With three exceptions, all of the islands are located within a single barrier reef and represent two geological formations. The largest are volcanic and rugged with interior jungle and large areas of grassed terraces. The Rock Islands, now known as the Floating Garden Islands, are of limestone formation.
Palau offers an endless variety of dive sites from caves to walls and major drop offs, to tunnels, channels and shallow reefs, where you can enjoy great visibility and an almost limitless variety of marine life. We even have a lake chock-full of pulsating jellyfish (no, they don't sting), where you can snorkel, and an underwater cave to explore. No matter your level of diving ability, there's a dive for you in Palau - fast drift dives, easy shallow dives, it's all here in Palau-.
Due to the remoteness and vastness of the territory for visiting all the dives sites of this archipelago country is advisable do it by liveaboard. Land-based day trip diving could be an option in Palau, but it involves long and time-consuming daily boat rides to the sites.
The coral reefs provide home to more than 1.500 species of fish and 700 species of corals and sea anemones. Below the surface, divers & snorkelers are treated to a paradise of fabulous walls, blue holes, breathtaking reefs, crystal caves and WWII wrecks.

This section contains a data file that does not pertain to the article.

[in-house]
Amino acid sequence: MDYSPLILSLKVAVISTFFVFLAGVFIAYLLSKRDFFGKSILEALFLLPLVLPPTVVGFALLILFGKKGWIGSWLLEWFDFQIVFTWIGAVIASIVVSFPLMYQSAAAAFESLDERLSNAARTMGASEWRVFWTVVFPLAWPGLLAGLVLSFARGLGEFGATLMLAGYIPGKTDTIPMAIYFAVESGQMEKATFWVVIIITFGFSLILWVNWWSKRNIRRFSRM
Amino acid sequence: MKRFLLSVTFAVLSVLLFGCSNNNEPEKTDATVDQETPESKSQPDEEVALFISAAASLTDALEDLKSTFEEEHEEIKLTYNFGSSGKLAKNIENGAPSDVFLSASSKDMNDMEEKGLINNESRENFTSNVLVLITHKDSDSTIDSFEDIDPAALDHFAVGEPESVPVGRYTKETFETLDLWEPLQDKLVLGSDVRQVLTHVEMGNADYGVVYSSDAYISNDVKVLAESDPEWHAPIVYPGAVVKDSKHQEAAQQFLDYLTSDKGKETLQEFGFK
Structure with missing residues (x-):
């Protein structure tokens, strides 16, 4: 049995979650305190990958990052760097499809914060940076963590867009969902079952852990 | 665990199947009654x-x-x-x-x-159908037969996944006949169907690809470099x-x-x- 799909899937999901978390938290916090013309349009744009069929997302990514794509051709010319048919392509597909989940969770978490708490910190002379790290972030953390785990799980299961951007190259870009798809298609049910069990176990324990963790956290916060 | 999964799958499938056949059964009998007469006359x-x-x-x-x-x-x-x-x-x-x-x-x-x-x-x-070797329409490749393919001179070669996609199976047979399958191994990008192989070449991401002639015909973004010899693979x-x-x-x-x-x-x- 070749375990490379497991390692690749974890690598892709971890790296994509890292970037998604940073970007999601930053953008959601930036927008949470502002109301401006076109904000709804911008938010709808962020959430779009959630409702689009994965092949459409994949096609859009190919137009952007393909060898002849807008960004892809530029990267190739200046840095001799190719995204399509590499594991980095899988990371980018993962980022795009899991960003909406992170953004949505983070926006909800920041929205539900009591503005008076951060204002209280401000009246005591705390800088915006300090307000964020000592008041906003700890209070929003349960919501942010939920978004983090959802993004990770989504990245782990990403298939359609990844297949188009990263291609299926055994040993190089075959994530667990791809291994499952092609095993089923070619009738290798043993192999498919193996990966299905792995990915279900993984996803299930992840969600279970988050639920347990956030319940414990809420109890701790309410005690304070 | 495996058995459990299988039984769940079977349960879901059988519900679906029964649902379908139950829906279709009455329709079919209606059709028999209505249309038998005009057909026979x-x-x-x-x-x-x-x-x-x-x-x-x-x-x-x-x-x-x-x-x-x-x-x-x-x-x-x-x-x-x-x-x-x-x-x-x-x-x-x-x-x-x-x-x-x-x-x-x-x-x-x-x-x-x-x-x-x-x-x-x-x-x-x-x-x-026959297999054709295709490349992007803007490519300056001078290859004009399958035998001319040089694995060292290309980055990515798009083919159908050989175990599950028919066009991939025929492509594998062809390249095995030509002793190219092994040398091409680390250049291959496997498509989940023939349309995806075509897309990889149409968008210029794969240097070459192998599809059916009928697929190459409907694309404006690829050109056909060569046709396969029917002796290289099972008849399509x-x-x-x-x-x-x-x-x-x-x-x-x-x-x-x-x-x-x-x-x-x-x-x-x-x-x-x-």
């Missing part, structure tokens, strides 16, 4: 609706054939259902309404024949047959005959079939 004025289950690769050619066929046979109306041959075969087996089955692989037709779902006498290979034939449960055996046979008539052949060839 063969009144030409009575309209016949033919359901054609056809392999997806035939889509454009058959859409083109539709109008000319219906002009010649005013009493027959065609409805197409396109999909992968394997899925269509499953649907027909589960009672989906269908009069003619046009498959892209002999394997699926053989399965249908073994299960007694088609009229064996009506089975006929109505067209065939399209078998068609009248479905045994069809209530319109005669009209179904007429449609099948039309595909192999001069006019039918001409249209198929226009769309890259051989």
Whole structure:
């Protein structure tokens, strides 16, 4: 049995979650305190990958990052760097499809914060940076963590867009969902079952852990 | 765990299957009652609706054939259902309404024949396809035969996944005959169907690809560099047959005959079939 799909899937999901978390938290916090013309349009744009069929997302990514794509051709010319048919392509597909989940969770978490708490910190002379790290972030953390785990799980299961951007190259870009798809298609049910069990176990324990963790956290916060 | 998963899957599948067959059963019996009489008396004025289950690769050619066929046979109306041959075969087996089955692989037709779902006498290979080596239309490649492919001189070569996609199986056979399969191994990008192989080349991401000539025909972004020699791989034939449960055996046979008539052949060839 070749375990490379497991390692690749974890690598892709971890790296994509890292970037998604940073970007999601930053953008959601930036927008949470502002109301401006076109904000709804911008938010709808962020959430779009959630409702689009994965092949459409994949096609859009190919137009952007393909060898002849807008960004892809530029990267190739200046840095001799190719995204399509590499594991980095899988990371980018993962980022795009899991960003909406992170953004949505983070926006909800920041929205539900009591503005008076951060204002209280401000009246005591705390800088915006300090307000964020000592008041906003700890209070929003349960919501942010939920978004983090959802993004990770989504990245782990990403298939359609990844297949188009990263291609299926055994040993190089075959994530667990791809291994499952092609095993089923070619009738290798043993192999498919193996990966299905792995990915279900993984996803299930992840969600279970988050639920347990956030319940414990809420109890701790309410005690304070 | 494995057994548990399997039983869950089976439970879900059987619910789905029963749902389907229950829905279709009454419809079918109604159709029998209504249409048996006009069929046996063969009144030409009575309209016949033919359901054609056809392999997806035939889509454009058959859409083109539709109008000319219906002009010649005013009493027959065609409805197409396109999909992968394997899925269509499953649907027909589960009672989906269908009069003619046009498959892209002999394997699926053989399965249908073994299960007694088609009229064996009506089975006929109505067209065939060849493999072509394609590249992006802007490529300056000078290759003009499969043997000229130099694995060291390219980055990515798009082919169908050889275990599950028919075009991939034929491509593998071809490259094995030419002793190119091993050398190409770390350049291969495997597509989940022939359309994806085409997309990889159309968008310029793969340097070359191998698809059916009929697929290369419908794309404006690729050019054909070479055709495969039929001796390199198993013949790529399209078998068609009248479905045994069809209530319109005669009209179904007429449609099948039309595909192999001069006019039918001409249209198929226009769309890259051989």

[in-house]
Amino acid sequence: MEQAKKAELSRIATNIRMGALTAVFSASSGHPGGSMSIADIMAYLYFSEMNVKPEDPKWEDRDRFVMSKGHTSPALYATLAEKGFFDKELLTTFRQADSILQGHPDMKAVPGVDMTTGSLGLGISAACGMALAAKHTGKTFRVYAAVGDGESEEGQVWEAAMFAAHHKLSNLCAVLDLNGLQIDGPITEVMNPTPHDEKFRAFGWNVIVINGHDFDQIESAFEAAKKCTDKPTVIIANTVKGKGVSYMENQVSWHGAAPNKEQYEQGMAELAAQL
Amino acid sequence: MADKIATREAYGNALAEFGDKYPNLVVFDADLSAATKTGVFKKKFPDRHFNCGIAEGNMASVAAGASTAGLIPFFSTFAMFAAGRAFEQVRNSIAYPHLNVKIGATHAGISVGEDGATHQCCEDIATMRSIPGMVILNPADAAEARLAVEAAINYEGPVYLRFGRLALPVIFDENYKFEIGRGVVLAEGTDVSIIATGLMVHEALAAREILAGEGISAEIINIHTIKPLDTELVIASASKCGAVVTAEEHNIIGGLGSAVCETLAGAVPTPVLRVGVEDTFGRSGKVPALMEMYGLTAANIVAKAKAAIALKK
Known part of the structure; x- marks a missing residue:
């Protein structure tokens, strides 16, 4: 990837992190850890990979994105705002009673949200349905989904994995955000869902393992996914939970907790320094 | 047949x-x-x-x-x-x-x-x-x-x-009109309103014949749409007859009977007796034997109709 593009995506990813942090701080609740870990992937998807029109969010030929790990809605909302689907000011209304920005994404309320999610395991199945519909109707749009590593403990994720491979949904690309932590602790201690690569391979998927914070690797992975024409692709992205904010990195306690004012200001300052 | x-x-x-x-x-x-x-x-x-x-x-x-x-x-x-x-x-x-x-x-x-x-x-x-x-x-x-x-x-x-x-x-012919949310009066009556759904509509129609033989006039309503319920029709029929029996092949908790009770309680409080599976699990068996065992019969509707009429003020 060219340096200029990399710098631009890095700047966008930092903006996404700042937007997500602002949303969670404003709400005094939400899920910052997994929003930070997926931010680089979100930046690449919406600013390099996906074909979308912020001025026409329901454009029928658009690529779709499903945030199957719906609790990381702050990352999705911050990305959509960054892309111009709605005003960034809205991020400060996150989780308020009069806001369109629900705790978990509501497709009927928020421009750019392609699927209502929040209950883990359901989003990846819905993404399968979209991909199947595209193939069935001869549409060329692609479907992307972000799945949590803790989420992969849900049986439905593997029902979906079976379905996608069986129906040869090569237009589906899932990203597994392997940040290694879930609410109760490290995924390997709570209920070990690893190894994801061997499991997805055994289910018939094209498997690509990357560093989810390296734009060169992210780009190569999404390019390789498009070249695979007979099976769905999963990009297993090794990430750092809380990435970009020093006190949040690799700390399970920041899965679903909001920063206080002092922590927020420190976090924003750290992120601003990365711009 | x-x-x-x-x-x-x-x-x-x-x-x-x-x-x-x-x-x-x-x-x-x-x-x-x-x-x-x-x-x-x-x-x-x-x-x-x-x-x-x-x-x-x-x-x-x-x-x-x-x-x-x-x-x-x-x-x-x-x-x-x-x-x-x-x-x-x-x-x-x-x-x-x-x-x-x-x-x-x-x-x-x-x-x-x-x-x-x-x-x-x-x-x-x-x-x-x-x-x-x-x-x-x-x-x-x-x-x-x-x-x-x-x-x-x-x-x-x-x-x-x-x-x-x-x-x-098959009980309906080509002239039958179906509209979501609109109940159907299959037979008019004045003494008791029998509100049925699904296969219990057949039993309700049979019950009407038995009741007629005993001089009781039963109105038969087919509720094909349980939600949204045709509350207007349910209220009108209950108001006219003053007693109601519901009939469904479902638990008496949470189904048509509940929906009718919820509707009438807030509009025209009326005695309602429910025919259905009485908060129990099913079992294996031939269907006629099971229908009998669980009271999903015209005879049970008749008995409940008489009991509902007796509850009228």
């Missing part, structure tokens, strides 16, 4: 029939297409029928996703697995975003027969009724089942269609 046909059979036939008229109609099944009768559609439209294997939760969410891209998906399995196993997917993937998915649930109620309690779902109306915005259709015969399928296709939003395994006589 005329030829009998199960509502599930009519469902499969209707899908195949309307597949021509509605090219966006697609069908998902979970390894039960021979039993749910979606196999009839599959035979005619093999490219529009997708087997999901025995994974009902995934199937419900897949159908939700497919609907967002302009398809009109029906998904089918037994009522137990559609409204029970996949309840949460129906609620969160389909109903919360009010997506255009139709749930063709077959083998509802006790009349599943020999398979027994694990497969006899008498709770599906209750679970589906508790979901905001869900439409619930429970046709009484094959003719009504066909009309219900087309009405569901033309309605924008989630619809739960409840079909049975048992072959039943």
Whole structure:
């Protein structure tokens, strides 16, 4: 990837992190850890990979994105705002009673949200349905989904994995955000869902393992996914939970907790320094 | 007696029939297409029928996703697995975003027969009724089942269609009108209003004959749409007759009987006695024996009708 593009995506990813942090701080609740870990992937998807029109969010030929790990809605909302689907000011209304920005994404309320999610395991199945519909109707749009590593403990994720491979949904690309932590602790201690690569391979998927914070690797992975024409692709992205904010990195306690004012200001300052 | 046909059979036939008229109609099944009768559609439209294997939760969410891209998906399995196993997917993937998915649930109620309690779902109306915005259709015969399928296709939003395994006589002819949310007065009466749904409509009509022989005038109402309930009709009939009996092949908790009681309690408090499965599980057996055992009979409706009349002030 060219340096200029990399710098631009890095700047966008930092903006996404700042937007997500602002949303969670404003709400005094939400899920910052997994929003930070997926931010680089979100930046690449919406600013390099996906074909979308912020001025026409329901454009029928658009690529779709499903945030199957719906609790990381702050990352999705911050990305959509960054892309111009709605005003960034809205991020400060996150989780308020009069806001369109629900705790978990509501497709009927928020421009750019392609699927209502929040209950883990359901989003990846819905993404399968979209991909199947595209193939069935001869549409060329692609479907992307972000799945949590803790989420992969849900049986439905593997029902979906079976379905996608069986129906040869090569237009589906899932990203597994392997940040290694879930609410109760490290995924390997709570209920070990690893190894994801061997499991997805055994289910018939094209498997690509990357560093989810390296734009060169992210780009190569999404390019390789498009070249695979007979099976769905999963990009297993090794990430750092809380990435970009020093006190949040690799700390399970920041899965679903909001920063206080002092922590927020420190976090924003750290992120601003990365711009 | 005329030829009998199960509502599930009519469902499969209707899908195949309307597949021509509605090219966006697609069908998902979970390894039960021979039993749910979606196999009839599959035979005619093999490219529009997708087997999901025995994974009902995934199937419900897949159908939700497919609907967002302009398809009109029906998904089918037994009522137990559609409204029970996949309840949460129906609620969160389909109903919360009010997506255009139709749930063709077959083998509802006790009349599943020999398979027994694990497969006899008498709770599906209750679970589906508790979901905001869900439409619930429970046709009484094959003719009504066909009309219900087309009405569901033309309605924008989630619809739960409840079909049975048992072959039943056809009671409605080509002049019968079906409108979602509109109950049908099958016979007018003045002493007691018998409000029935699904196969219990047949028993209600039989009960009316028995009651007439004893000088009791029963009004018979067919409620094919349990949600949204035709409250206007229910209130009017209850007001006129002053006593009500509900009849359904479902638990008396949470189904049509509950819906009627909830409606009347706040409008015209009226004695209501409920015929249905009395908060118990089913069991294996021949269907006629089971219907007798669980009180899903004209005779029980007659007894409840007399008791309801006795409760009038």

Vast numbers of pelagic predators, sharks, turtles, dolphins and many species of migratory fish gather here at this unique crossroads where three of the World's major currents converge.
Palau's most popular dive site, Blue Corner, is recognized as one of the best in the world due to its concentration of marine life, whilst Jacques Cousteau considered Ngemelis Wall, commonly known as Big Drop-off, to be one of the best dive walls in the world. Just a few minutes away, German Channel is known for its regular sightings of manta rays, which come in and hover over rock outcroppings inhabited by tiny cleaner wrasses.
Meanwhile, the famed "Rock Islands", one of the most beautiful islands settings in the Pacific Ocean -if not the world, are a collection of rounded, foliage covered isles that appear to float above the water surface. A boat trip through them reveals a number of magnificent white sand beach hideaways, perfect for a secluded picnic, or to spend some beach time.
The seas around the Rock Islands are dotted with sunken remains of more than 75 World War II military ships, Japanese seaplanes and Zeros. Located primarily in the lagoons around the Rock Islands, these relics have developed their own thriving ecosystem featuring fish, corals and other invertebrates not commonly seen along the outer reef systems.